Alizarine, the coloring principle of madder, so called from alizari, the name by which that plant is known in the Levant. Madder is the root of several species of rubia, among which the rubia tinctorvm is the most valued for its dyeing properties. This grows in Asia Minor, Holland. Alsace, and in the south of France and of Russia, and has been cultivated to some extent in Delaware and Ohio. A species native to England is the rubia peregrina. This belongs to the order rubiaceae, the native members of which, as the galiums, are mostly inconspicuous wild plants. Some of the foreign species are, on the contrary, important plants, such as the cinchona, ipecacuanha, and coffee plants, and these are distinguished for the number and variety of the peculiar principles which they yield, as quinine, cinchonin'e, caffeine, and alizarine. - In spite of the numerous investigations that have been made of madder, chemists are still in doubt as to the nature of many of its constituents. Some attribute its coloring powers to the presence of at least two substances, alizarine and purpurine; while others say that only one of these produces the true madder colors.
Alizarine was discovered and obtained from madder, as a crystalline sublimate, by Robiquet and Colin, in 1831; but little importance was attached to this discovery until Schunck in 1848 showed that all the finest madder colors contain only alizarine combined with bases and fatty acids. The second coloring matter, termed purpurine, was discovered by Persoz. It contributes to the fall and fiery red colors in ordinary madder dyeing, but dyes a bad purple, alizarine being essential to the latter. Purpurine disappears during the purifying processes of soaping, etc, being far less stable than alizarine. It is distinguished from alizarine by its solubility in boiling alum liquor. These two coloring principles may likewise be easily distinguished by the spectrum, alizarine producing a set of dark absorption bands, quite different from those of purpurine, which again vary according to the nature of the solvent. Alizarine can be obtained in yellow needle-shaped crystals by simple sublimation from the dried madder; but this coloring matter is, singularly enough, not contained ready formed in the fresh madder root, but is the product of a peculiar decomposition.
A crystalline glucoside, termed rubianic acid (Schunck), is contained in the root, and it is this which splits up simply into alizarine and glucose. This acid crystallizes in line yellow needles, and gives a definite and crystalline potash salt, from which it was shown to contain 26 atoms of carbon in the molecule. Hence, as no other product but glucose is formed, it follows that alizarine must contain C26 - C12 = C14. The formation of alizarine in extracts of madder root is effected by fermentation peculiar to the plant, and called erythrozine. It is sui generis, since no other ferment produces the same effect. When mixed with a solution of rubian or rubianio acid, at the ordinary temperature, the latter is rapidly decomposed as with acids. This is what takes place in making fleur de garance. Dyers raise the temperature of their madder baths gradually up to the boiling point, because the application of a high temperature destroys the ferment. "When the temperature is gradually raised, the ferment acts upon the glucoside, and produces alizarine. According to Schunck, the origin of purpurine, and its relation to alizarine, are still (1870) involved in obscurity.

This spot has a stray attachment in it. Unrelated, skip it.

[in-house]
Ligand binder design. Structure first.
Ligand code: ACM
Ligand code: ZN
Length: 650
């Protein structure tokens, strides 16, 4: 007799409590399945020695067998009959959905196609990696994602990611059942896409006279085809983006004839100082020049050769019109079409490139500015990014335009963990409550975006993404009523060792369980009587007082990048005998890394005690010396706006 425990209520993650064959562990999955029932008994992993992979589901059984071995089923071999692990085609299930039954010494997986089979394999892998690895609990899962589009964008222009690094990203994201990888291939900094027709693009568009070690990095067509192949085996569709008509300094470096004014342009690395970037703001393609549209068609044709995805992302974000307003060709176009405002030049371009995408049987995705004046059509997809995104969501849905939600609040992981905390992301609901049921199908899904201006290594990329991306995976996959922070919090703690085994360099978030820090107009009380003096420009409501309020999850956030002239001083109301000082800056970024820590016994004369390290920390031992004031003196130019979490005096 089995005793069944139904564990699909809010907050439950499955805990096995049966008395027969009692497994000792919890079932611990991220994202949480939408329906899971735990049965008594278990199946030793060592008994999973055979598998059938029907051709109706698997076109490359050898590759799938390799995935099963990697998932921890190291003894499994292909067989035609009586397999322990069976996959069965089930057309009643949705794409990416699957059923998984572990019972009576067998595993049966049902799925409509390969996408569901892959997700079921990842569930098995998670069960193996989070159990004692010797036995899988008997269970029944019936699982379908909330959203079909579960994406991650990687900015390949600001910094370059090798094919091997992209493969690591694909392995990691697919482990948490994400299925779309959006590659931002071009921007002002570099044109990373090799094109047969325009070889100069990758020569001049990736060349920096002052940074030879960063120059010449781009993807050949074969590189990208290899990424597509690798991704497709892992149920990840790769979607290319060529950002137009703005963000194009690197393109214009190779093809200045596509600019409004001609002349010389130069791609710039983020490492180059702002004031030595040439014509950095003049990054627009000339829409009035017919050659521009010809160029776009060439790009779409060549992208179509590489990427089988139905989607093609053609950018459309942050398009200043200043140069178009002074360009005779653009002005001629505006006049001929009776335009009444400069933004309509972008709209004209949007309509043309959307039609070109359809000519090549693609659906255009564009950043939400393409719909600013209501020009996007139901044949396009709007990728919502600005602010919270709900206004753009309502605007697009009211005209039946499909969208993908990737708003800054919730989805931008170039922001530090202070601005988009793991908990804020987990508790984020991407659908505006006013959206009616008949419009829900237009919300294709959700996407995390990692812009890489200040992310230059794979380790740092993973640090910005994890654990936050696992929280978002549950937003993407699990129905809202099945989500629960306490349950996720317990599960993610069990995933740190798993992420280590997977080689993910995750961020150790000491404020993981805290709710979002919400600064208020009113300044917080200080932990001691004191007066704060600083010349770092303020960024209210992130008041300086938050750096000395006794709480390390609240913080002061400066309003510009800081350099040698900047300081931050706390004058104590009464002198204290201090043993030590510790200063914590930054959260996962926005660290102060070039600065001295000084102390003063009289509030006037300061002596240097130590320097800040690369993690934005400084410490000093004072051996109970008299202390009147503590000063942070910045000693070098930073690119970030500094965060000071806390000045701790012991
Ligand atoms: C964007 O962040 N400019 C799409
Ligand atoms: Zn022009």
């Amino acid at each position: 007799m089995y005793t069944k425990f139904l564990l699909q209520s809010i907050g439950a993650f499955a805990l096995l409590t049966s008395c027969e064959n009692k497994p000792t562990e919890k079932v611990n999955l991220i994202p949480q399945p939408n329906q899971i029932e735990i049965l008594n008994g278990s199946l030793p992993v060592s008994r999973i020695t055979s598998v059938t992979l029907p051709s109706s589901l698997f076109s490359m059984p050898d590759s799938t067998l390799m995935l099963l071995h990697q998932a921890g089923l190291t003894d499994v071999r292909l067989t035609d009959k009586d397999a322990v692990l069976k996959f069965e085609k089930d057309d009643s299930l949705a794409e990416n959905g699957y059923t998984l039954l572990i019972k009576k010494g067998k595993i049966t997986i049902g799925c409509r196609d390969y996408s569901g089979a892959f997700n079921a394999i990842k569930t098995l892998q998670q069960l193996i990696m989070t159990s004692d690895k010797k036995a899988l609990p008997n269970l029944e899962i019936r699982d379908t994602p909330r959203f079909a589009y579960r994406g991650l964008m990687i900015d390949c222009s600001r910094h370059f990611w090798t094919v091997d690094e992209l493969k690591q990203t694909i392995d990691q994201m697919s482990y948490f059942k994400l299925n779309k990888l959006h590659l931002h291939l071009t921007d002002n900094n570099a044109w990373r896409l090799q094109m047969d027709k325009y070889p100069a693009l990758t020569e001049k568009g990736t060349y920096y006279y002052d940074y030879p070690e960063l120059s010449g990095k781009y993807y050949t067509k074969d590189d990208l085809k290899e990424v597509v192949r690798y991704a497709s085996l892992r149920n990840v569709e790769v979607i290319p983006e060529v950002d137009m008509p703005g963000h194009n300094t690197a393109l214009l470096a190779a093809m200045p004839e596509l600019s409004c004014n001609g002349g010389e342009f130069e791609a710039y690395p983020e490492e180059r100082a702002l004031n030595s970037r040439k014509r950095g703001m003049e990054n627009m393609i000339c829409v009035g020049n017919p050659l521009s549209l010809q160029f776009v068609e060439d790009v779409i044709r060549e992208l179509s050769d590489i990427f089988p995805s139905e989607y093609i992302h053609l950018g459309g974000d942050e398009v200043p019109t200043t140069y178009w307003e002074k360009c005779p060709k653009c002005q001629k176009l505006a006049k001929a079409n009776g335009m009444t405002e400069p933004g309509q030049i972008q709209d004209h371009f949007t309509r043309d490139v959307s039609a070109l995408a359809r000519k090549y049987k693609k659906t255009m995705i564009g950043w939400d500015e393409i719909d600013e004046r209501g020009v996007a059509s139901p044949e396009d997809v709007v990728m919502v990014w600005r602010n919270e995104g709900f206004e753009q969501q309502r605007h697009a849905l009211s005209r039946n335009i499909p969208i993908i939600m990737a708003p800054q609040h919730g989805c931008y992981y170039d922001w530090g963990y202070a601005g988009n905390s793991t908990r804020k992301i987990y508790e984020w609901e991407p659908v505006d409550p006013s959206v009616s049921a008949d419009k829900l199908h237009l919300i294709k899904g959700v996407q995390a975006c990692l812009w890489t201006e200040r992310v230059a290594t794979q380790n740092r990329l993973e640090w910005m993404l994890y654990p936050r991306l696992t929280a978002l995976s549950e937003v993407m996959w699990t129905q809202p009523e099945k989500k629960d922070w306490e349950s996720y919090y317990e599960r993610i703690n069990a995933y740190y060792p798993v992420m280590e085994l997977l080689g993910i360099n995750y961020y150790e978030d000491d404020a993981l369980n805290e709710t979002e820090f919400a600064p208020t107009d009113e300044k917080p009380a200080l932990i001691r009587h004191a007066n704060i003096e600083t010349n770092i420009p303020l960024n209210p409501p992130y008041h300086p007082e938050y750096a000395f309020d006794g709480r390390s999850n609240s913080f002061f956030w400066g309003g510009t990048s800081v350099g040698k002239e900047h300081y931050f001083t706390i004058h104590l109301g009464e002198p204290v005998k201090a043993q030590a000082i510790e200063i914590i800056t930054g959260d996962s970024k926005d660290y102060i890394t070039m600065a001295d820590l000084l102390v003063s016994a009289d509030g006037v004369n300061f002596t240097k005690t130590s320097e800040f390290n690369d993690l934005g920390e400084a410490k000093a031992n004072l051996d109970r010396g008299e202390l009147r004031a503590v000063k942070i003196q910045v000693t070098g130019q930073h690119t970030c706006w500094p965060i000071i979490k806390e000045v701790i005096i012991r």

The formula assigned to ali-zarine by some chemists is C10116O3 +2H2O; while Grabe and Liebermann prefer C14118O4 +H2O. - Artificial Alizarine. In studying the transformations of alizarine under the action of chemical reagents, Messrs. Grabe and Liebermann in 1869 were led to connect it with anthracene, one of the coal-tar series of bodies (see Anthracene), and to devise a mode of forming it artificially. This is justly regarded as one of the most important as well as beneficent discoveries of the age: important as affording a new source for a valuable dye, and beneficent as restoring to agriculture large tracts of land now devoted to the culture of the madder root. The method employed by Grabe and Liebermann in the artificial production of alizarine is as follows: One part of anthracene is heated with four parts of sulphuric-acid, of sp. gr. 1.845, for three or four hours, to a temperature of 212° C, and then for about an hour at 300° C. The mixture is allowed to cool, and to it is added water equal to three times the weight of the anthracene employed, and manganese equal to four times that weight.
The whole is boiled for three hours, and milk of lime added, which gives rise to a deposit consisting of the excess of lime and manganese used, and protoxide of manganese, while there remains in solution a double sulphate of anthraquinone and lime. The solution is now acted upon by carbonate of soda in excess; carbonate of lime separates, and the salt of soda thus produced is evaporated to dryness. The solid mass is then mixed with two or three parts of caustic soda and a little water, and heated under pressure in suitable vessels, at a high temperature, whereby the anthraquinone is further oxidized and converted into alizarine. The alkaline mass, on cooling, is dissolved in water and sulphuric or acetic acid added in slight excess, when an orange-yellow flocculent substance precipitates, which, when perfectly washed and dried, is artificial alizarine. The artificial product appears to be entirely identical with the coloring matter obtained from the madder root. Both the natural and the artificial products crystallize in needles and dissolve in caustic alkalies, forming violet solutions of the same tint and possessing precisely the same tinctorial value. Applied to mordanted fabrics, they produce exactly the same colors, and they resist equally well the action of light.